A Colorado State University colloquium will explore ways in which physical and mental health of the aging population can be optimized, based on the latest health and aging research. It is slated for Oct. 29 – 30 at the Hilton Fort Collins, 425 W. Prospect Road.
The aging of the world population is considered one of the major global challenges of the 21st century, a challenge similar in magnitude and importance to major environmental and political challenges. The “graying” of the population also poses major challenges in the United States and Colorado.
The colloquium is sponsored by the Colorado State University Vice President for Research Office and is entitled Optimizing Healthy Aging: Promoting Multidisciplinary Collaboration. CSU researchers from multiple disciplines including biomedical sciences, health and exercise science, human development and family studies, psychology and occupational therapy will present findings from their work. The opening keynote address, “Optimizing Healthy Aging: Current Perspectives and Future Challenges,” will be given by Carolyn Aldwin, professor of human development and family sciences at Oregon State University.
“Although most people associate with aging that ‘bad things’ are going to happen, there is increasing evidence that the biological, psychological and social aging-related processes can be influenced in positive ways and that healthy aging can be optimized,” said Manfred Diehl, professor of human development and family studies, director of the Colorado State University Center on Aging, and program chair of the colloquium.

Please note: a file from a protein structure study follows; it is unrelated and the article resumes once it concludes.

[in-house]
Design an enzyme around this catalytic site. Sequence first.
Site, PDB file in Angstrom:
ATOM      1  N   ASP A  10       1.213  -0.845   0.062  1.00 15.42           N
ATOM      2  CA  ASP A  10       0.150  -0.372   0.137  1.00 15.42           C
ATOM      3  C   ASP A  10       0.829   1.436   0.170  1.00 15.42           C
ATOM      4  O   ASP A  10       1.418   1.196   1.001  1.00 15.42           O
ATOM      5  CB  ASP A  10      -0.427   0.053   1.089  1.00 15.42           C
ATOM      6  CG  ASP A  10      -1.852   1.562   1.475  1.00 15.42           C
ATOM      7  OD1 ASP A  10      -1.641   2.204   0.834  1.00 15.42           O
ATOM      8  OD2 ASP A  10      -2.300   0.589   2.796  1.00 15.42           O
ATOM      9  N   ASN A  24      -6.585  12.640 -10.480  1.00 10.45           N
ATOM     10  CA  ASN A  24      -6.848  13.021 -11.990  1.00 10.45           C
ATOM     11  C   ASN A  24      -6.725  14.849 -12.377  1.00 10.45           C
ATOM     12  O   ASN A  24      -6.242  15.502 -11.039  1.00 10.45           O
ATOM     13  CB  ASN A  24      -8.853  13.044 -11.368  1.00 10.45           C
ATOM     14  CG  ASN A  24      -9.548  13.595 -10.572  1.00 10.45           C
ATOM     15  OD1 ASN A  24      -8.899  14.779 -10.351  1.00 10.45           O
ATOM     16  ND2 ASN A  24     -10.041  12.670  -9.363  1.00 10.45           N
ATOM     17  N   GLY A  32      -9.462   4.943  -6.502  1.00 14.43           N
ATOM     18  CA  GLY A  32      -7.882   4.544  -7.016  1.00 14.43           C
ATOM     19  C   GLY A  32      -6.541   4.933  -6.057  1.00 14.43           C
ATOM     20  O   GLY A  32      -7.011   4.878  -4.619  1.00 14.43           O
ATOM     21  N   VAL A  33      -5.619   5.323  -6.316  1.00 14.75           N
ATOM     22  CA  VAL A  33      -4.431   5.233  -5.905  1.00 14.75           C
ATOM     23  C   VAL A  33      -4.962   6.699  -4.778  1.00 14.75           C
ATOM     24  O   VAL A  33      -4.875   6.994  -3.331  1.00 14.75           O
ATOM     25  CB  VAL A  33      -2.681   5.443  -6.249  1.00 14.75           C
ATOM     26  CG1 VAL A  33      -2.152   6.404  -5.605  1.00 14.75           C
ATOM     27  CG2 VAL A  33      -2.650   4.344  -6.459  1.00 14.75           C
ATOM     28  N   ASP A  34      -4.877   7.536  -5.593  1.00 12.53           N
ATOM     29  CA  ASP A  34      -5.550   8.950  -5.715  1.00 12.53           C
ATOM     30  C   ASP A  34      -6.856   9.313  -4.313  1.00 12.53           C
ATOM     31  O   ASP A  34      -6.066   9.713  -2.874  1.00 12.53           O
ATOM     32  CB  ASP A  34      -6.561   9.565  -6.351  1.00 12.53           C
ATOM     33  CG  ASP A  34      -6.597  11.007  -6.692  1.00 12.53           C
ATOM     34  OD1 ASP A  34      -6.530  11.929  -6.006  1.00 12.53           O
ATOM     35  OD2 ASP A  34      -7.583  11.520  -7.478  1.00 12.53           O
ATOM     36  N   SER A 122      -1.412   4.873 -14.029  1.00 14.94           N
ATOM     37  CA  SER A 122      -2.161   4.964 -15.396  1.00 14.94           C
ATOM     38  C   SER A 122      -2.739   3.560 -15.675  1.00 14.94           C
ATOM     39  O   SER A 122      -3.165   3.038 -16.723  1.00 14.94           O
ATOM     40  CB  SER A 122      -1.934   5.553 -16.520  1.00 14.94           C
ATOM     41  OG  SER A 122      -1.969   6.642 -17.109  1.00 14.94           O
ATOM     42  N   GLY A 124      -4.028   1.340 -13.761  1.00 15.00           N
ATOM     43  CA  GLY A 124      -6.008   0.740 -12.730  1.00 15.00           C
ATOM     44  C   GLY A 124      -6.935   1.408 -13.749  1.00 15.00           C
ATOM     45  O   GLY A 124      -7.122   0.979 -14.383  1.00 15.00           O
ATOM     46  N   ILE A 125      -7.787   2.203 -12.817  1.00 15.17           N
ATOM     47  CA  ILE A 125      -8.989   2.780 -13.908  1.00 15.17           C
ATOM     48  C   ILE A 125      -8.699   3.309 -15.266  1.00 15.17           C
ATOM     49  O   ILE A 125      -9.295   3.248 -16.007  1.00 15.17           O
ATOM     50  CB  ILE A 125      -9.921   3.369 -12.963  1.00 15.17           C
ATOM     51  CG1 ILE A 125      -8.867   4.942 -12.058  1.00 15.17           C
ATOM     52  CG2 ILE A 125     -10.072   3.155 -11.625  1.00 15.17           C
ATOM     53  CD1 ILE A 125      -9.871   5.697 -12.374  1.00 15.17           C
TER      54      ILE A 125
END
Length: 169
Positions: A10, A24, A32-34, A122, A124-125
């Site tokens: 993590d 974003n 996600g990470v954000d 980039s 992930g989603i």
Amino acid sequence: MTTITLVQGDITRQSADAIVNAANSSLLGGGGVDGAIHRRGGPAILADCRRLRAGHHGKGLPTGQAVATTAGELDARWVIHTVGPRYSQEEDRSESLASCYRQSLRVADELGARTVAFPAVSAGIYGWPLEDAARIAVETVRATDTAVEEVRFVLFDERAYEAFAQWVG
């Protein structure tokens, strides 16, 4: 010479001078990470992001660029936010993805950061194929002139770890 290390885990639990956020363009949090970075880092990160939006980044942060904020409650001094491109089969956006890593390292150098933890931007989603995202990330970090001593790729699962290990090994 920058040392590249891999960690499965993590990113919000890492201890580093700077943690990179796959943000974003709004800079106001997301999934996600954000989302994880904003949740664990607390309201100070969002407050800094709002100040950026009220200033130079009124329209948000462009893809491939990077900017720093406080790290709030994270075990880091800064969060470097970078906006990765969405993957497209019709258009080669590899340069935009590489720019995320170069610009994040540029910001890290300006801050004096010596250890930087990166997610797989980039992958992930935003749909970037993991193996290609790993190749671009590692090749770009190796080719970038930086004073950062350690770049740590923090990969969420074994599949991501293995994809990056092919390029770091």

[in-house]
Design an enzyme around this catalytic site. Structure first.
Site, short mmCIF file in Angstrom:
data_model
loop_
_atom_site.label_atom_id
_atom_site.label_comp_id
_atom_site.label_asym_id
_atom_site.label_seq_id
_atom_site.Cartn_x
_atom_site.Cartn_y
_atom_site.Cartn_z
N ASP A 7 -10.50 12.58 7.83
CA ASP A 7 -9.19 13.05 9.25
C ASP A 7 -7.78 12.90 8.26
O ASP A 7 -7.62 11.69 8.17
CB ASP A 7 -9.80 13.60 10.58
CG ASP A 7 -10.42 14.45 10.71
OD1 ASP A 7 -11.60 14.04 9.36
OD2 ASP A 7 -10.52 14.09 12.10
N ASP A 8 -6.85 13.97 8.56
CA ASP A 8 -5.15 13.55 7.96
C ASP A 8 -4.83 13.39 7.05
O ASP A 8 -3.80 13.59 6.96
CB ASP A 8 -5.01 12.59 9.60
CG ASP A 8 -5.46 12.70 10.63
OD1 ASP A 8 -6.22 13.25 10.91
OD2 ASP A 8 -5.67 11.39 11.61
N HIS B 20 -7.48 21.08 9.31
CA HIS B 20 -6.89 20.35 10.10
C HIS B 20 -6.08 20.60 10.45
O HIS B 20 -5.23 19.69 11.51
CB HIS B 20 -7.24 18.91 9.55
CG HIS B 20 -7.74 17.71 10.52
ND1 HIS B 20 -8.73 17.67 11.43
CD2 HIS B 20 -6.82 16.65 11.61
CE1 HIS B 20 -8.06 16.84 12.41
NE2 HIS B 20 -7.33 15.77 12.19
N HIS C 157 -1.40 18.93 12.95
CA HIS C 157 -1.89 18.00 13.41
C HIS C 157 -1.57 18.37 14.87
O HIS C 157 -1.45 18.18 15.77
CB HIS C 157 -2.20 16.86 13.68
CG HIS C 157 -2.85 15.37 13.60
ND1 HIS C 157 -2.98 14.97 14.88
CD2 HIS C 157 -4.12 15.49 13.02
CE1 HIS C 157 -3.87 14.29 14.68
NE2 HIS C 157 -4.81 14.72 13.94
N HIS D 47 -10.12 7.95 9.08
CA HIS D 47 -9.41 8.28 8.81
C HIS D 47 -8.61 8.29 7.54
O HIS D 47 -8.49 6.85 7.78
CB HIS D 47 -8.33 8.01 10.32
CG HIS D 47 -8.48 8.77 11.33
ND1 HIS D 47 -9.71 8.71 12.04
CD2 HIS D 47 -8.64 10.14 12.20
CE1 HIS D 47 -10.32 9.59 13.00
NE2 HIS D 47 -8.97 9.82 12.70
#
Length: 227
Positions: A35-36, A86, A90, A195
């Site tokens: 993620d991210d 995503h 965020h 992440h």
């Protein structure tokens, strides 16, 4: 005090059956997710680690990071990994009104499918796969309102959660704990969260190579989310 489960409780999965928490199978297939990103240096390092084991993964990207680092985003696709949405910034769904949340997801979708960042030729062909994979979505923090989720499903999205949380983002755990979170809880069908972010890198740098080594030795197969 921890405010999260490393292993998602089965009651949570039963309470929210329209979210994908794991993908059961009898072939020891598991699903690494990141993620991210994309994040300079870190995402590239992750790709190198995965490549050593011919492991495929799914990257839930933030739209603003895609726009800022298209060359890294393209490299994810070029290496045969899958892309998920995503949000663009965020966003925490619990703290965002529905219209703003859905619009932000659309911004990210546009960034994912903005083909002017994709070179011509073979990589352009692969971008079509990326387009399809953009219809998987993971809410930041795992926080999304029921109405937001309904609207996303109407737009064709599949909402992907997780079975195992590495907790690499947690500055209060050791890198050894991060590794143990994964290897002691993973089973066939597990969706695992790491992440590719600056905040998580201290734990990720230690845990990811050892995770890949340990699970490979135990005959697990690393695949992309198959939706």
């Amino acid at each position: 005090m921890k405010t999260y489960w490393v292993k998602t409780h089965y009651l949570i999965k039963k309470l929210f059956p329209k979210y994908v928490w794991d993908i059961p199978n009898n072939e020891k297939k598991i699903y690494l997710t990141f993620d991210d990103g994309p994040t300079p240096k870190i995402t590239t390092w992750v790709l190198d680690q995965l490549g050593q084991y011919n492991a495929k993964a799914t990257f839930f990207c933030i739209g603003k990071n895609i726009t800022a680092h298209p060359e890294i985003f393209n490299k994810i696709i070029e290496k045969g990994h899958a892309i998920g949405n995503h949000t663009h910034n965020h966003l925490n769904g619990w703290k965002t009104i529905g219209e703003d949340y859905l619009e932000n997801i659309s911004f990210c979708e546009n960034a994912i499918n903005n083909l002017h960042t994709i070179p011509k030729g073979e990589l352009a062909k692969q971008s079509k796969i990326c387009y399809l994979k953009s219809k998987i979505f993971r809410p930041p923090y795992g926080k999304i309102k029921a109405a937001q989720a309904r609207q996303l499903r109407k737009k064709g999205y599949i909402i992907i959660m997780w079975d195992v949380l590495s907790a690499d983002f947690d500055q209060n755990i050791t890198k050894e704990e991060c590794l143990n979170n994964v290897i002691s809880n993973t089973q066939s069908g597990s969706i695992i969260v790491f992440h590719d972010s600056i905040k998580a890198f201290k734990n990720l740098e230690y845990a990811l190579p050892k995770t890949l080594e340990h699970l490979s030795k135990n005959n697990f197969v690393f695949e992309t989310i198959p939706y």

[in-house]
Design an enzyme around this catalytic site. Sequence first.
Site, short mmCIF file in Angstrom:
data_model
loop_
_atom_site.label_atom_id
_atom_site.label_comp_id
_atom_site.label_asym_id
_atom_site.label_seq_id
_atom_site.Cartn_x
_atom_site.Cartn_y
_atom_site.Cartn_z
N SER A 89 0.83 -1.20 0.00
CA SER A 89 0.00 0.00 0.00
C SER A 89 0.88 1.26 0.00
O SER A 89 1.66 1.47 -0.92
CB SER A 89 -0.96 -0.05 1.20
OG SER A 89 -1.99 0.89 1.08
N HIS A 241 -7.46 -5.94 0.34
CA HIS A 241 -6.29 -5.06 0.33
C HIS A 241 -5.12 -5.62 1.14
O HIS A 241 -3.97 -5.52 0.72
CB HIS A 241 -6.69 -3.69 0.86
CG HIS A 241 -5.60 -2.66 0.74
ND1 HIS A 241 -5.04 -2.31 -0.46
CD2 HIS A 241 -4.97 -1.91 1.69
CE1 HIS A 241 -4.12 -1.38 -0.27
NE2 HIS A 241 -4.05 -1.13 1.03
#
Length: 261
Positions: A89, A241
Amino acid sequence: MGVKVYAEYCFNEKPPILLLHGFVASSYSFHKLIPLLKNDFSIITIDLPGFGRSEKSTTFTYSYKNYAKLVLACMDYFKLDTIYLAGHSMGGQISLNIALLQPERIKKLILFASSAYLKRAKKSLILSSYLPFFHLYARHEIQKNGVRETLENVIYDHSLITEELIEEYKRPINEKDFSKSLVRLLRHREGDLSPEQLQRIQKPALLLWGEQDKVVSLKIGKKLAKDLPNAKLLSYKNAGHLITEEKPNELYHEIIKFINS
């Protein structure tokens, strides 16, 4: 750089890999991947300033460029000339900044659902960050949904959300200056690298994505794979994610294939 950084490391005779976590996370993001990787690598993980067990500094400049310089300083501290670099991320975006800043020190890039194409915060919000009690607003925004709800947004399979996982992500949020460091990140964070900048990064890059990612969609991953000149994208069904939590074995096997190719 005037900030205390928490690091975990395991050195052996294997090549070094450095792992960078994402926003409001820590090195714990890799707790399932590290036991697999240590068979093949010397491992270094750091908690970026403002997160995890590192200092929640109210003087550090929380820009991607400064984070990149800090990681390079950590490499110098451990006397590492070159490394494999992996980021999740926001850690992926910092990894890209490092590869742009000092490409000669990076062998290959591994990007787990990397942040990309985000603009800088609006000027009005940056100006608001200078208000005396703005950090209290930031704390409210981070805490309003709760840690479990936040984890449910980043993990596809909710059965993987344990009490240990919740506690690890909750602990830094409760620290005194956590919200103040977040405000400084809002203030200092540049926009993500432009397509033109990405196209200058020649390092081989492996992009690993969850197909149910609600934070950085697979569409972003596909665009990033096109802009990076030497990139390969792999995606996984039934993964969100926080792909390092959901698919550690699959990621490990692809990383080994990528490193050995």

Nearly 38 million people living in the United States were 65 years old or older in 2007. Older adults represented 12.6 percent of the U.S. population — about one in every eight Americans. It is projected that by the year 2030 about 20 percent of the population, one in every five Americans, will be age 65 or older. The older population itself is also getting older with individuals in the 85 and above group being the fastest growing segment of the U.S. population. These national statistics are also reflected in Colorado. Currently about 13 percent of the population in Colorado is 65 or older. Between 1996 and 2006 Colorado was one of ten states in which the 65 and older population increased by 20 percent or more.
“The primary objective of this year’s CSU research colloquium is to showcase the research that is conducted across the campus with a focus on optimizing healthy aging. The research colloquium provides a forum for open communication among disciplines and to stimulate multidisciplinary collaborations. Researchers, as well as professionals in the greater community with an interest or occupation in the field of aging, are invited to attend,” Diehl said.
There is no charge for the two-day colloquium, including meals. Registration is required and is limited to 200 participants. For more information, the complete program and to register, visit www.vpr.colostate.edu/URC or contact Linda Foster at (970) 492-4038 or email@example.com.